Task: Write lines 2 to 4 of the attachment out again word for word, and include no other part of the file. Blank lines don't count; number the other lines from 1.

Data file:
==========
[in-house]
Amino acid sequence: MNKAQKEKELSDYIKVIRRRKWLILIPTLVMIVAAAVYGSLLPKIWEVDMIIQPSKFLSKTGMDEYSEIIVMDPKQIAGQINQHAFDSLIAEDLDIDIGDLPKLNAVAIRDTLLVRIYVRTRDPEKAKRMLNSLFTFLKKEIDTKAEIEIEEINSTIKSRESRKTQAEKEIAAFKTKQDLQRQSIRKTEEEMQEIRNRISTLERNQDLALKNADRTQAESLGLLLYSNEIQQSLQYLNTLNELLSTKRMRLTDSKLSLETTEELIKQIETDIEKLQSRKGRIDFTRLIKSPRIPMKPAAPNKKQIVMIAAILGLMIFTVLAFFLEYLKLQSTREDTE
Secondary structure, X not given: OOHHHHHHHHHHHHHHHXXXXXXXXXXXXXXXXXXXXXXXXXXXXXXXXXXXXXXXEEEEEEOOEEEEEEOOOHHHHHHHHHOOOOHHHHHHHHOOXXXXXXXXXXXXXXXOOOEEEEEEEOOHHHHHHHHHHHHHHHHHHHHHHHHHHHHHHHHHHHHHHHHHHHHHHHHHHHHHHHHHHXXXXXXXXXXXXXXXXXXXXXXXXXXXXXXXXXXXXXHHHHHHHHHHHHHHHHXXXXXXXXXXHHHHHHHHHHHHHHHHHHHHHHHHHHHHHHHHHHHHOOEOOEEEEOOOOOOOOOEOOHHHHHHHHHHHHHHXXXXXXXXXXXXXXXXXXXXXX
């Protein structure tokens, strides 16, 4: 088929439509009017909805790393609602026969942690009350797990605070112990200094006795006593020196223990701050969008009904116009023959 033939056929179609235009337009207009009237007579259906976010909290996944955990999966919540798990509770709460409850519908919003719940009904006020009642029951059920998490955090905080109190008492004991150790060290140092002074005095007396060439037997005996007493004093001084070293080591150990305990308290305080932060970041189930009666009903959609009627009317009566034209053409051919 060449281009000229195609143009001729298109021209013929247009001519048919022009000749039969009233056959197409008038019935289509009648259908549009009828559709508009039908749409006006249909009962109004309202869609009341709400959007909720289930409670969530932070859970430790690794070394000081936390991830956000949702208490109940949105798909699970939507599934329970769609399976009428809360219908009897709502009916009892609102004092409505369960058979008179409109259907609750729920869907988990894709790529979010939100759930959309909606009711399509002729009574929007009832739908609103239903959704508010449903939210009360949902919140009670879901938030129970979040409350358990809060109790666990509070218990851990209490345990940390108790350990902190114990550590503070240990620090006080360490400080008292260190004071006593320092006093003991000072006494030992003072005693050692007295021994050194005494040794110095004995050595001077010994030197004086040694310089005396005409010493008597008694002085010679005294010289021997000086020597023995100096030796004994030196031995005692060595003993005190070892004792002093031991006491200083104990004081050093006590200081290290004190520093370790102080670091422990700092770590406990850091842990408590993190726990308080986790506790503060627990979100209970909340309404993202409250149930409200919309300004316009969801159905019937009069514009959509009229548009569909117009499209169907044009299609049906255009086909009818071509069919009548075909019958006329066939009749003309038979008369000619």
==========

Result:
Amino acid sequence: MNKAQKEKELSDYIKVIRRRKWLILIPTLVMIVAAAVYGSLLPKIWEVDMIIQPSKFLSKTGMDEYSEIIVMDPKQIAGQINQHAFDSLIAEDLDIDIGDLPKLNAVAIRDTLLVRIYVRTRDPEKAKRMLNSLFTFLKKEIDTKAEIEIEEINSTIKSRESRKTQAEKEIAAFKTKQDLQRQSIRKTEEEMQEIRNRISTLERNQDLALKNADRTQAESLGLLLYSNEIQQSLQYLNTLNELLSTKRMRLTDSKLSLETTEELIKQIETDIEKLQSRKGRIDFTRLIKSPRIPMKPAAPNKKQIVMIAAILGLMIFTVLAFFLEYLKLQSTREDTE
Secondary structure, X not given: OOHHHHHHHHHHHHHHHXXXXXXXXXXXXXXXXXXXXXXXXXXXXXXXXXXXXXXXEEEEEEOOEEEEEEOOOHHHHHHHHHOOOOHHHHHHHHOOXXXXXXXXXXXXXXXOOOEEEEEEEOOHHHHHHHHHHHHHHHHHHHHHHHHHHHHHHHHHHHHHHHHHHHHHHHHHHHHHHHHHHXXXXXXXXXXXXXXXXXXXXXXXXXXXXXXXXXXXXXHHHHHHHHHHHHHHHHXXXXXXXXXXHHHHHHHHHHHHHHHHHHHHHHHHHHHHHHHHHHHHOOEOOEEEEOOOOOOOOOEOOHHHHHHHHHHHHHHXXXXXXXXXXXXXXXXXXXXXX
């Protein structure tokens, strides 16, 4: 088929439509009017909805790393609602026969942690009350797990605070112990200094006795006593020196223990701050969008009904116009023959 033939056929179609235009337009207009009237007579259906976010909290996944955990999966919540798990509770709460409850519908919003719940009904006020009642029951059920998490955090905080109190008492004991150790060290140092002074005095007396060439037997005996007493004093001084070293080591150990305990308290305080932060970041189930009666009903959609009627009317009566034209053409051919 060449281009000229195609143009001729298109021209013929247009001519048919022009000749039969009233056959197409008038019935289509009648259908549009009828559709508009039908749409006006249909009962109004309202869609009341709400959007909720289930409670969530932070859970430790690794070394000081936390991830956000949702208490109940949105798909699970939507599934329970769609399976009428809360219908009897709502009916009892609102004092409505369960058979008179409109259907609750729920869907988990894709790529979010939100759930959309909606009711399509002729009574929007009832739908609103239903959704508010449903939210009360949902919140009670879901938030129970979040409350358990809060109790666990509070218990851990209490345990940390108790350990902190114990550590503070240990620090006080360490400080008292260190004071006593320092006093003991000072006494030992003072005693050692007295021994050194005494040794110095004995050595001077010994030197004086040694310089005396005409010493008597008694002085010679005294010289021997000086020597023995100096030796004994030196031995005692060595003993005190070892004792002093031991006491200083104990004081050093006590200081290290004190520093370790102080670091422990700092770590406990850091842990408590993190726990308080986790506790503060627990979100209970909340309404993202409250149930409200919309300004316009969801159905019937009069514009959509009229548009569909117009499209169907044009299609049906255009086909009818071509069919009548075909019958006329066939009749003309038979008369000619």